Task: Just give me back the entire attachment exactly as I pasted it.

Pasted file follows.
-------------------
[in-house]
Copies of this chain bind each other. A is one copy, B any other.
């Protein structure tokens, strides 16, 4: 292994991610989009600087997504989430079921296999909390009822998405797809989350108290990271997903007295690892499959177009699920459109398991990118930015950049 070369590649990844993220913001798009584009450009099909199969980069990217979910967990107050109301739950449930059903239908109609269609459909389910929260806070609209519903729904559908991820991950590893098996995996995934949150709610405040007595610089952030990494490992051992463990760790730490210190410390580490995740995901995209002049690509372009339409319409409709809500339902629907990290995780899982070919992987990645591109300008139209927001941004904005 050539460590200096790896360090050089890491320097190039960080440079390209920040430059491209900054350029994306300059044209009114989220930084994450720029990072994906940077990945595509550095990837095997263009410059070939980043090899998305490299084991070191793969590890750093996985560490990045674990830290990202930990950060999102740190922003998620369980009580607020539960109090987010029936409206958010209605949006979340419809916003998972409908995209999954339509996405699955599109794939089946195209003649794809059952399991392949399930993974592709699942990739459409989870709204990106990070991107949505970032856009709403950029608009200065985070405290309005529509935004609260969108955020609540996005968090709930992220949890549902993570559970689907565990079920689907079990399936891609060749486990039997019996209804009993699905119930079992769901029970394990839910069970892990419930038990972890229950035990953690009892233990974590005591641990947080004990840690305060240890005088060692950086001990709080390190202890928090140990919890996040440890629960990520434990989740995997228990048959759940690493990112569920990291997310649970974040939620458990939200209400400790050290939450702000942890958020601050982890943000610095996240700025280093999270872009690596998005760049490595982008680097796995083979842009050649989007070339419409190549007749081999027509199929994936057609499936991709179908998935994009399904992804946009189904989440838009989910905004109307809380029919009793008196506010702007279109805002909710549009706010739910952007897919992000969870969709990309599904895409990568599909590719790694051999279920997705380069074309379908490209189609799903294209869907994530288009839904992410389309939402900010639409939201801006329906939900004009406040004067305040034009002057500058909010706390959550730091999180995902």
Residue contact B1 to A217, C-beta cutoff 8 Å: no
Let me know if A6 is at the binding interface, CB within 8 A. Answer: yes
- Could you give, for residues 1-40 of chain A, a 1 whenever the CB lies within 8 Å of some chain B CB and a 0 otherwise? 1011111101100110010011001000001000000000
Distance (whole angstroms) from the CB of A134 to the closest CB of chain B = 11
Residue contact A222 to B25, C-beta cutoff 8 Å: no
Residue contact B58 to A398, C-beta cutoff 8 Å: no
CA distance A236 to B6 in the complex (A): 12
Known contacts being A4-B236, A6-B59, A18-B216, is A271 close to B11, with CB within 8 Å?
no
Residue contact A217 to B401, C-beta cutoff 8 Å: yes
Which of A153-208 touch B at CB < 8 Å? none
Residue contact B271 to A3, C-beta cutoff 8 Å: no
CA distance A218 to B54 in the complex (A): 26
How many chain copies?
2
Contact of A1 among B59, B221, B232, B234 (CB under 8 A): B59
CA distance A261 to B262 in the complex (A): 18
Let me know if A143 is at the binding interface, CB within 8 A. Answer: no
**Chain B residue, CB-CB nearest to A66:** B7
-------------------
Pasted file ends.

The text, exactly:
[in-house]
Copies of this chain bind each other. A is one copy, B any other.
């Protein structure tokens, strides 16, 4: 292994991610989009600087997504989430079921296999909390009822998405797809989350108290990271997903007295690892499959177009699920459109398991990118930015950049 070369590649990844993220913001798009584009450009099909199969980069990217979910967990107050109301739950449930059903239908109609269609459909389910929260806070609209519903729904559908991820991950590893098996995996995934949150709610405040007595610089952030990494490992051992463990760790730490210190410390580490995740995901995209002049690509372009339409319409409709809500339902629907990290995780899982070919992987990645591109300008139209927001941004904005 050539460590200096790896360090050089890491320097190039960080440079390209920040430059491209900054350029994306300059044209009114989220930084994450720029990072994906940077990945595509550095990837095997263009410059070939980043090899998305490299084991070191793969590890750093996985560490990045674990830290990202930990950060999102740190922003998620369980009580607020539960109090987010029936409206958010209605949006979340419809916003998972409908995209999954339509996405699955599109794939089946195209003649794809059952399991392949399930993974592709699942990739459409989870709204990106990070991107949505970032856009709403950029608009200065985070405290309005529509935004609260969108955020609540996005968090709930992220949890549902993570559970689907565990079920689907079990399936891609060749486990039997019996209804009993699905119930079992769901029970394990839910069970892990419930038990972890229950035990953690009892233990974590005591641990947080004990840690305060240890005088060692950086001990709080390190202890928090140990919890996040440890629960990520434990989740995997228990048959759940690493990112569920990291997310649970974040939620458990939200209400400790050290939450702000942890958020601050982890943000610095996240700025280093999270872009690596998005760049490595982008680097796995083979842009050649989007070339419409190549007749081999027509199929994936057609499936991709179908998935994009399904992804946009189904989440838009989910905004109307809380029919009793008196506010702007279109805002909710549009706010739910952007897919992000969870969709990309599904895409990568599909590719790694051999279920997705380069074309379908490209189609799903294209869907994530288009839904992410389309939402900010639409939201801006329906939900004009406040004067305040034009002057500058909010706390959550730091999180995902």
Residue contact B1 to A217, C-beta cutoff 8 Å: no
Let me know if A6 is at the binding interface, CB within 8 A. Answer: yes
- Could you give, for residues 1-40 of chain A, a 1 whenever the CB lies within 8 Å of some chain B CB and a 0 otherwise? 1011111101100110010011001000001000000000
Distance (whole angstroms) from the CB of A134 to the closest CB of chain B = 11
Residue contact A222 to B25, C-beta cutoff 8 Å: no
Residue contact B58 to A398, C-beta cutoff 8 Å: no
CA distance A236 to B6 in the complex (A): 12
Known contacts being A4-B236, A6-B59, A18-B216, is A271 close to B11, with CB within 8 Å?
no
Residue contact A217 to B401, C-beta cutoff 8 Å: yes
Which of A153-208 touch B at CB < 8 Å? none
Residue contact B271 to A3, C-beta cutoff 8 Å: no
CA distance A218 to B54 in the complex (A): 26
How many chain copies?
2
Contact of A1 among B59, B221, B232, B234 (CB under 8 A): B59
CA distance A261 to B262 in the complex (A): 18
Let me know if A143 is at the binding interface, CB within 8 A. Answer: no
**Chain B residue, CB-CB nearest to A66:** B7